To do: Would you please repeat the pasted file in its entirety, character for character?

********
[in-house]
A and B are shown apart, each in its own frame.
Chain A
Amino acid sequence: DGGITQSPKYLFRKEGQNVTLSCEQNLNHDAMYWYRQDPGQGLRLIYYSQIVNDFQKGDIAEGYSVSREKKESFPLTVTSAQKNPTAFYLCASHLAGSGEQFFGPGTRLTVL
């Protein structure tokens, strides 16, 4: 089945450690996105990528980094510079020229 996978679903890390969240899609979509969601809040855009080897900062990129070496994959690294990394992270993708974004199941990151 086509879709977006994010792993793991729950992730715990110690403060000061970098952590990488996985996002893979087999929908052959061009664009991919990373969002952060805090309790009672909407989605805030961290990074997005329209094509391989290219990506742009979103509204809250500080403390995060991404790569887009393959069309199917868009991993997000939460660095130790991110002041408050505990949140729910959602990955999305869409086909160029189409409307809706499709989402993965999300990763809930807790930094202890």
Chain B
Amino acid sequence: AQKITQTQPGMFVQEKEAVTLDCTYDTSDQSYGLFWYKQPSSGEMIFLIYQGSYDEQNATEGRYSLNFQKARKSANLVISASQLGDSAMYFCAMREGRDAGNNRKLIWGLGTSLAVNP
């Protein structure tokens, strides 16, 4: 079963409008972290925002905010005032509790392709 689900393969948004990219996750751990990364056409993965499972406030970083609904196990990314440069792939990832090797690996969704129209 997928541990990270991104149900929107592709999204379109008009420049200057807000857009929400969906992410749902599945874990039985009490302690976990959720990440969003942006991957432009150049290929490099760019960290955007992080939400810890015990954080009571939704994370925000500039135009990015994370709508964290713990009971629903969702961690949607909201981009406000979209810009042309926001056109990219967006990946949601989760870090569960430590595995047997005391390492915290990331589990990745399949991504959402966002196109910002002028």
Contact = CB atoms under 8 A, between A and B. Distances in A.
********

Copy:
[in-house]
A and B are shown apart, each in its own frame.
Chain A
Amino acid sequence: DGGITQSPKYLFRKEGQNVTLSCEQNLNHDAMYWYRQDPGQGLRLIYYSQIVNDFQKGDIAEGYSVSREKKESFPLTVTSAQKNPTAFYLCASHLAGSGEQFFGPGTRLTVL
């Protein structure tokens, strides 16, 4: 089945450690996105990528980094510079020229 996978679903890390969240899609979509969601809040855009080897900062990129070496994959690294990394992270993708974004199941990151 086509879709977006994010792993793991729950992730715990110690403060000061970098952590990488996985996002893979087999929908052959061009664009991919990373969002952060805090309790009672909407989605805030961290990074997005329209094509391989290219990506742009979103509204809250500080403390995060991404790569887009393959069309199917868009991993997000939460660095130790991110002041408050505990949140729910959602990955999305869409086909160029189409409307809706499709989402993965999300990763809930807790930094202890």
Chain B
Amino acid sequence: AQKITQTQPGMFVQEKEAVTLDCTYDTSDQSYGLFWYKQPSSGEMIFLIYQGSYDEQNATEGRYSLNFQKARKSANLVISASQLGDSAMYFCAMREGRDAGNNRKLIWGLGTSLAVNP
């Protein structure tokens, strides 16, 4: 079963409008972290925002905010005032509790392709 689900393969948004990219996750751990990364056409993965499972406030970083609904196990990314440069792939990832090797690996969704129209 997928541990990270991104149900929107592709999204379109008009420049200057807000857009929400969906992410749902599945874990039985009490302690976990959720990440969003942006991957432009150049290929490099760019960290955007992080939400810890015990954080009571939704994370925000500039135009990015994370709508964290713990009971629903969702961690949607909201981009406000979209810009042309926001056109990219967006990946949601989760870090569960430590595995047997005391390492915290990331589990990745399949991504959402966002196109910002002028």
Contact = CB atoms under 8 A, between A and B. Distances in A.